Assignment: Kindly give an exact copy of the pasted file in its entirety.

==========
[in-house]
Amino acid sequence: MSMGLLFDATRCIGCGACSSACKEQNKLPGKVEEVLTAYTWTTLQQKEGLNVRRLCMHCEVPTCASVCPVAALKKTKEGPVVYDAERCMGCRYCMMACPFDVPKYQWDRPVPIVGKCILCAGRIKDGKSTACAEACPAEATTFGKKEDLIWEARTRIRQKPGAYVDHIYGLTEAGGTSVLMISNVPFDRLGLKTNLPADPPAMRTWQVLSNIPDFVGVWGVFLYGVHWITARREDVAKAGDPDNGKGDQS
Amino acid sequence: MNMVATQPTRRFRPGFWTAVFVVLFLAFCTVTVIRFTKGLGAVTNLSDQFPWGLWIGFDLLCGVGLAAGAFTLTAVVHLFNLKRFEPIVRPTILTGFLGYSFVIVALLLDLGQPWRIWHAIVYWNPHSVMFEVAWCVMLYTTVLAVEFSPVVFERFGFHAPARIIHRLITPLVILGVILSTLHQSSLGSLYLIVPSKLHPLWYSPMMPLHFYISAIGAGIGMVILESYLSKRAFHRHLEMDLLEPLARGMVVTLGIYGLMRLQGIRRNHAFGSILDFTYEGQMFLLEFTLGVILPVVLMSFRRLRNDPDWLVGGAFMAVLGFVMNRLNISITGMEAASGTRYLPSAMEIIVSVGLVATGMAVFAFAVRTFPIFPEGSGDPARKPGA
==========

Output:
[in-house]
Amino acid sequence: MSMGLLFDATRCIGCGACSSACKEQNKLPGKVEEVLTAYTWTTLQQKEGLNVRRLCMHCEVPTCASVCPVAALKKTKEGPVVYDAERCMGCRYCMMACPFDVPKYQWDRPVPIVGKCILCAGRIKDGKSTACAEACPAEATTFGKKEDLIWEARTRIRQKPGAYVDHIYGLTEAGGTSVLMISNVPFDRLGLKTNLPADPPAMRTWQVLSNIPDFVGVWGVFLYGVHWITARREDVAKAGDPDNGKGDQS
Amino acid sequence: MNMVATQPTRRFRPGFWTAVFVVLFLAFCTVTVIRFTKGLGAVTNLSDQFPWGLWIGFDLLCGVGLAAGAFTLTAVVHLFNLKRFEPIVRPTILTGFLGYSFVIVALLLDLGQPWRIWHAIVYWNPHSVMFEVAWCVMLYTTVLAVEFSPVVFERFGFHAPARIIHRLITPLVILGVILSTLHQSSLGSLYLIVPSKLHPLWYSPMMPLHFYISAIGAGIGMVILESYLSKRAFHRHLEMDLLEPLARGMVVTLGIYGLMRLQGIRRNHAFGSILDFTYEGQMFLLEFTLGVILPVVLMSFRRLRNDPDWLVGGAFMAVLGFVMNRLNISITGMEAASGTRYLPSAMEIIVSVGLVATGMAVFAFAVRTFPIFPEGSGDPARKPGA